Dangerous Travel

September 28, 2011 - 1 Comment

I recently had the opportunity to fly out to HQ and while this was not my first opportunity to do air travel this year (refer to my blog about Alaska) I did make some observations about business travel, and trust me, they relate to Manufacturing. By the way, and I do this totally tongue in cheek, part of the trip was to record some new videos to give you all more reason to see me and make fun of me. So hang on! That’s my plug to come back.

First, what is it with these body scanner machines? At one airport they insist you have “absolutely positively everything” out of your pockets. At the next they say, no you can leave your cash and Boarding Pass in your pocket. My first experience here, I had a cough drop in my pocket and had to go through the pat-down, even though I showed them the cough drop. So, in Milwaukee they want you to hold your cash and wallet and Boarding Pass over your head, but in San Jose they want the wallet in the briefcase and my cash could have been in my pocket, and they were most concerned about the bracelet I had on my left wrist. In Canada they didn’t even care about taking my watch or shoes or belt off. How are we supposed to know from airport to airport? And each time I have to stand (with my feet on the symbol, for sure!) to wait for someone to “approve” me or ask something else.

Here’s the tie to Manufacturing: OPEN STANDARDS make you profitable and speed your Operations. I am NOT arguing against security screening. I am NOT arguing about how to fix it. But for Manufacturing (and yes, Machine Builders too!) an OPEN STANDARD way of communicating is exactly that key. In the body scanner example there are several gateways: the person that blocks me from getting into the scan machine, the person that gets to scan me, the scan machine itself, and the person that has to stand there and talk through the walkie-talkie to find out what person 1 or 2 wants to see more of. And it varies from airport to airport! And the process can vary from 3 minutes to 5. While people are queuing behind me!

In Manufacturing we need to eliminate the gateways. Plug and play, just like my HDTV, BLU-RAY, sound and cable system work together. I can even get one remote that controls them all. Cisco and our technology partners like Rockwell Automation provide that interface in manufacturing, don’t you want that same common operation in your plant?

Second, what is it with people with backpacks or wheeled computer bags that think they can run and cut in front of us? There should be a license with a backpack that says “Hey! Realize your body envelope just got bigger!” Or maybe we need a training guide that whacks the backpack wearer in the head every time they turn until they wise up and slow down. What I love is the guy that kinda sorta trots while pulling his bag behind him at a diagonal. “Oh, excuse me. I’m kinda sorta running, so I should take precedence over you. Never mind that I tripped you on my bag”. Really? If they drove like that they would be dead. Why are they so self-centered just because they hurry? Maybe if the body scan was faster they could slow down, huh?

In Manufacturing we worry about safety. Worker safety. Machine safety. Productivity. The Plant and Factory are well organized, and it is that way for a purpose – to be efficient and safe. We need that efficiency to survive in this new global economy where banking challenges in Greece or Italy can disrupt operations in the US. Where a Board of Directors can be so totally disconnected with their operations that they don’t know what their company (that we pay them to run) even produces. Peoples’ lives are at stake every day!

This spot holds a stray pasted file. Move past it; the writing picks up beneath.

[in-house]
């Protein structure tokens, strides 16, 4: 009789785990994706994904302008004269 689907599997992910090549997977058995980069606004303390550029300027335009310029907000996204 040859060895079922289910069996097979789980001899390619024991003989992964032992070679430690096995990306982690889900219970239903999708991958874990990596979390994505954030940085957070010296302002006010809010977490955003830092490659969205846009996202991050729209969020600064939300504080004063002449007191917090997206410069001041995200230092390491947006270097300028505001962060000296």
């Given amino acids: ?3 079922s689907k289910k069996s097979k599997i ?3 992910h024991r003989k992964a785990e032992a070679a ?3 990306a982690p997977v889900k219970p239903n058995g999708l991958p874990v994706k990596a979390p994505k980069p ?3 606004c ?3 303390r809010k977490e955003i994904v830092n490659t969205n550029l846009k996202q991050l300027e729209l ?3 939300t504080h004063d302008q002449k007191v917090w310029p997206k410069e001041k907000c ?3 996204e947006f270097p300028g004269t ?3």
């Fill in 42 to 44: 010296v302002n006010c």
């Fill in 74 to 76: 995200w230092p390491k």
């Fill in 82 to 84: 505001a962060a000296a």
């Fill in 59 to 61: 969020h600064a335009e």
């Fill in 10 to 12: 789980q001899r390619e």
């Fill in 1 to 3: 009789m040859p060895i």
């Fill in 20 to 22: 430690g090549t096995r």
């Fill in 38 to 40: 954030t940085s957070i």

Third, really? The airline industry goes to reduce cost so they let us carry food and drink (certainly purchased after that body scanner thing) so passengers juggle egg sum goo yung or roast meat bbq with their backpacks and papers while they drop their food on us? I say this because I had the window seat leaving San Jose recently, and the lady on the aisle was so excited, maybe the seat between us would be vacant because she had three papers to read and her full cup of coffee was there. (I just wanted to sleep). And guess what, she spilled her coffee all over the middle seat!

Now she did ask a Flight Attendant for napkins, and they were delivered (bear in mind I was already well en-route to sleep) but still, it was a 2 hour flight. Is that seat going to dry? Will the person boarding in Denver get a wet seat? What would a manufacturing company do?

They likely would have contained the spill once it happened, but this fits into the safety/security from above. Manufacturing companies are so particular about what can go into their factories (due to government and socio-political requirements) that they may NOT allow an extra cup of coffee into their facility. Plus they would likely frown on someone juggling food/drink while carrying tools or other equipment – many factories have strict regulations about food and drink in the manufacturing area. So elimination of the potential spill is paramount in the workflow.

This all feeds to knowing your environment, being responsible, being knowledgeable about your impact, and being a safe, secure Manufacturer.

Cisco knows how to help. Check out our Manufacturing Solutions today and let us know what you think. Thanks for listening!

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  1. Hi Mark – funny blog! You’ll be happy to know that some of our best minds are working to alleviate airline frustration. Here’s an article in The Economist about airplane boarding queuing research: